Hold tightly to this thought because it sounds strange to our modern consciousness. Consider the phrase, an "unconscious, unitary soul of humanity;" consider also that our "unitary soul of humanity" sends us several "messages" each night in the form of dreams! Let this possibility seep into your idea of yourself and whatever it is you think makes you human. Very likely this is a thought and a possibility you have never entertained, and if so probably did not admit to many people for fear you would be either ignored or pigeon-holed as "odd." But the role of dreams in human development is a basic fact of human existence.
But we experience this fact of human existence as strange because, in the first place, we live in a society and a world in general that does not take our dreams seriously. They are considered to be meaningless, a random firing of neurons, at best a gathering of the day's residue in order that we might sleep better tonight and work more productively tomorrow.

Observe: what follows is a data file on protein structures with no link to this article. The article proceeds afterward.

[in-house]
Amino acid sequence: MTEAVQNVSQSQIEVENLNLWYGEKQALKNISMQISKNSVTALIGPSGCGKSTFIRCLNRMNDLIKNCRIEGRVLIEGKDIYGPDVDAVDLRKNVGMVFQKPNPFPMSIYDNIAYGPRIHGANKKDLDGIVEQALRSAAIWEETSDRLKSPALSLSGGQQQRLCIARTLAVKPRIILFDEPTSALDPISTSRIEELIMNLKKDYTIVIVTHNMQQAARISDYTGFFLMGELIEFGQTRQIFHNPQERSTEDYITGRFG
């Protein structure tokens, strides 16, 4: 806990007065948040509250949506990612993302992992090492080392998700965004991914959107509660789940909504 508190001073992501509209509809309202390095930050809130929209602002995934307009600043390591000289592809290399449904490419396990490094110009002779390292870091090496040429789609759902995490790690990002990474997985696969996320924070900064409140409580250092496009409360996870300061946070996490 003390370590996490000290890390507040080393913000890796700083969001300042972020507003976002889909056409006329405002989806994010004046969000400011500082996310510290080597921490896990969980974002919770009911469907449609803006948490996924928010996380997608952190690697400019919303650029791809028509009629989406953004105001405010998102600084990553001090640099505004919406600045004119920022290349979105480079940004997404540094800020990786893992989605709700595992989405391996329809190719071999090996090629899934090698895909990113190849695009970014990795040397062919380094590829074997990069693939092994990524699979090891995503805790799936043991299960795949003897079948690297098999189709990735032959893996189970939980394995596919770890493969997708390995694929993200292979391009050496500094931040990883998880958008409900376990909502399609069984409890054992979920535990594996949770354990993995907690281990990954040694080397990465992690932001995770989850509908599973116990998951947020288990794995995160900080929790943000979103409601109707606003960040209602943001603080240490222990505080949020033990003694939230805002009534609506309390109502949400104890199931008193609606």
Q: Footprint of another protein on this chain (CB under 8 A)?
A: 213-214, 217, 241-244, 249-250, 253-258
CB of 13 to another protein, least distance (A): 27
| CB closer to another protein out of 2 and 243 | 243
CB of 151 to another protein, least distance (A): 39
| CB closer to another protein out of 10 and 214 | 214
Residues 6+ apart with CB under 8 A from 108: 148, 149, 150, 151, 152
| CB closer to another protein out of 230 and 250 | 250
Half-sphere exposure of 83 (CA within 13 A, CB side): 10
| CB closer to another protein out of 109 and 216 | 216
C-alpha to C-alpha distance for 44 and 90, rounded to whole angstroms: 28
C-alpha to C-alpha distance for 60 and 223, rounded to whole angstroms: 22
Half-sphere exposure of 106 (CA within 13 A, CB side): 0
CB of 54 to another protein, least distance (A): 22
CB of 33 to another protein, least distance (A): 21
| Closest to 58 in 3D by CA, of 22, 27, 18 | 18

So this basic fact of human existence, that dreams bring us important messages, varying in urgency of cause from "very important" to "not-so-much," this reality is discounted today as is the reality of an "unconscious, unifying soul of humanity" residing in each of us. That too is discounted.
The result is we are left adrift in a universe of shrill voices, jingoism, narcissistic posturing, a rejection of scientific research, a politicizing of media, the demagogic attacks on honest journalizing, a religious establishment that has sold its soul to the marketing experts to increase numbers, profits, and ideological ends, in which a pompous poser calls "up" "down" and "down" "up," while few dare call the lie what it is.